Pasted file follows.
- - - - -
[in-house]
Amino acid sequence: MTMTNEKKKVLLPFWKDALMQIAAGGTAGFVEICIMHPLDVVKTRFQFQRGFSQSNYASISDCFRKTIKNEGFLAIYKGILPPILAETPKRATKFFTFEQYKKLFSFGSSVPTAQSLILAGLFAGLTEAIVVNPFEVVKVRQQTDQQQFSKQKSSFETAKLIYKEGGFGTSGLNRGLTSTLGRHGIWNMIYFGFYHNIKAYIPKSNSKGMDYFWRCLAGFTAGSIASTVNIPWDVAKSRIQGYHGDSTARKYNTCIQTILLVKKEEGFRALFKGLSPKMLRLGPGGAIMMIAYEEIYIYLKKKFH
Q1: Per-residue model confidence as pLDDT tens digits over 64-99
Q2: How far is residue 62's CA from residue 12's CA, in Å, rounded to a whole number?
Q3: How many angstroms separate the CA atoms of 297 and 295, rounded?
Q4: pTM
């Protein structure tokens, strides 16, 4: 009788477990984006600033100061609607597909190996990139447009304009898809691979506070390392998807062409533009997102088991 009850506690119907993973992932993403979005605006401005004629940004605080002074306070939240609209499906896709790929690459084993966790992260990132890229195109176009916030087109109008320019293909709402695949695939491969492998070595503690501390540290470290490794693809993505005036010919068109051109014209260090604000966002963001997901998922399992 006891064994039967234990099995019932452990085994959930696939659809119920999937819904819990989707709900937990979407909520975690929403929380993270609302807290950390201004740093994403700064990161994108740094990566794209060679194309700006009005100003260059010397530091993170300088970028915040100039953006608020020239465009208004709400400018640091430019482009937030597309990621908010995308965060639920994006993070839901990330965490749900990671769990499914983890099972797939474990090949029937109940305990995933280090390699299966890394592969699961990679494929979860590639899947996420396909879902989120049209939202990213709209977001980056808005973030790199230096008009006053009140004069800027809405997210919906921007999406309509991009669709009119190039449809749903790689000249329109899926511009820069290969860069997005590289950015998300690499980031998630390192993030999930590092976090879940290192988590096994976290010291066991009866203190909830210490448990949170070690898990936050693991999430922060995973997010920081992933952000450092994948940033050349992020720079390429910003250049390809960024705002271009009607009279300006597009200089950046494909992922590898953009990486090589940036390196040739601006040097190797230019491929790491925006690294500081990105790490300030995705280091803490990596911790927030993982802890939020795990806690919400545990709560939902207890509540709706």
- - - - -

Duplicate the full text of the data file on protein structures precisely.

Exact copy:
[in-house]
Amino acid sequence: MTMTNEKKKVLLPFWKDALMQIAAGGTAGFVEICIMHPLDVVKTRFQFQRGFSQSNYASISDCFRKTIKNEGFLAIYKGILPPILAETPKRATKFFTFEQYKKLFSFGSSVPTAQSLILAGLFAGLTEAIVVNPFEVVKVRQQTDQQQFSKQKSSFETAKLIYKEGGFGTSGLNRGLTSTLGRHGIWNMIYFGFYHNIKAYIPKSNSKGMDYFWRCLAGFTAGSIASTVNIPWDVAKSRIQGYHGDSTARKYNTCIQTILLVKKEEGFRALFKGLSPKMLRLGPGGAIMMIAYEEIYIYLKKKFH
Q1: Per-residue model confidence as pLDDT tens digits over 64-99
Q2: How far is residue 62's CA from residue 12's CA, in Å, rounded to a whole number?
Q3: How many angstroms separate the CA atoms of 297 and 295, rounded?
Q4: pTM
């Protein structure tokens, strides 16, 4: 009788477990984006600033100061609607597909190996990139447009304009898809691979506070390392998807062409533009997102088991 009850506690119907993973992932993403979005605006401005004629940004605080002074306070939240609209499906896709790929690459084993966790992260990132890229195109176009916030087109109008320019293909709402695949695939491969492998070595503690501390540290470290490794693809993505005036010919068109051109014209260090604000966002963001997901998922399992 006891064994039967234990099995019932452990085994959930696939659809119920999937819904819990989707709900937990979407909520975690929403929380993270609302807290950390201004740093994403700064990161994108740094990566794209060679194309700006009005100003260059010397530091993170300088970028915040100039953006608020020239465009208004709400400018640091430019482009937030597309990621908010995308965060639920994006993070839901990330965490749900990671769990499914983890099972797939474990090949029937109940305990995933280090390699299966890394592969699961990679494929979860590639899947996420396909879902989120049209939202990213709209977001980056808005973030790199230096008009006053009140004069800027809405997210919906921007999406309509991009669709009119190039449809749903790689000249329109899926511009820069290969860069997005590289950015998300690499980031998630390192993030999930590092976090879940290192988590096994976290010291066991009866203190909830210490448990949170070690898990936050693991999430922060995973997010920081992933952000450092994948940033050349992020720079390429910003250049390809960024705002271009009607009279300006597009200089950046494909992922590898953009990486090589940036390196040739601006040097190797230019491929790491925006690294500081990105790490300030995705280091803490990596911790927030993982802890939020795990806690919400545990709560939902207890509540709706």